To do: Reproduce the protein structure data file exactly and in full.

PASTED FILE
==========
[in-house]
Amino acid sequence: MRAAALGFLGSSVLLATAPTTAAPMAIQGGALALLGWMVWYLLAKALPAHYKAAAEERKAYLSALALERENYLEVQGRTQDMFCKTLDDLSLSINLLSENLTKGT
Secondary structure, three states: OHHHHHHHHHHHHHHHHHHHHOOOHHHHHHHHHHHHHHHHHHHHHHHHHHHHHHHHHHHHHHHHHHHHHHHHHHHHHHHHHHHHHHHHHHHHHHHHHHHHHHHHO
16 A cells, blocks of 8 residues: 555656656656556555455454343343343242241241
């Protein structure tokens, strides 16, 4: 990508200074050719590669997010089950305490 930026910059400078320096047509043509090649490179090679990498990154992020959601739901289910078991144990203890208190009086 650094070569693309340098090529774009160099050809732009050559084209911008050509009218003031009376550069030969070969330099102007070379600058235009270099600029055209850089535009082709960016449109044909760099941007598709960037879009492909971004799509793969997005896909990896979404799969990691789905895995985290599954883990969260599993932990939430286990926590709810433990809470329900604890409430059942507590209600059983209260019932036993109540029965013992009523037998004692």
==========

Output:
[in-house]
Amino acid sequence: MRAAALGFLGSSVLLATAPTTAAPMAIQGGALALLGWMVWYLLAKALPAHYKAAAEERKAYLSALALERENYLEVQGRTQDMFCKTLDDLSLSINLLSENLTKGT
Secondary structure, three states: OHHHHHHHHHHHHHHHHHHHHOOOHHHHHHHHHHHHHHHHHHHHHHHHHHHHHHHHHHHHHHHHHHHHHHHHHHHHHHHHHHHHHHHHHHHHHHHHHHHHHHHHO
16 A cells, blocks of 8 residues: 555656656656556555455454343343343242241241
């Protein structure tokens, strides 16, 4: 990508200074050719590669997010089950305490 930026910059400078320096047509043509090649490179090679990498990154992020959601739901289910078991144990203890208190009086 650094070569693309340098090529774009160099050809732009050559084209911008050509009218003031009376550069030969070969330099102007070379600058235009270099600029055209850089535009082709960016449109044909760099941007598709960037879009492909971004799509793969997005896909990896979404799969990691789905895995985290599954883990969260599993932990939430286990926590709810433990809470329900604890409430059942507590209600059983209260019932036993109540029965013992009523037998004692």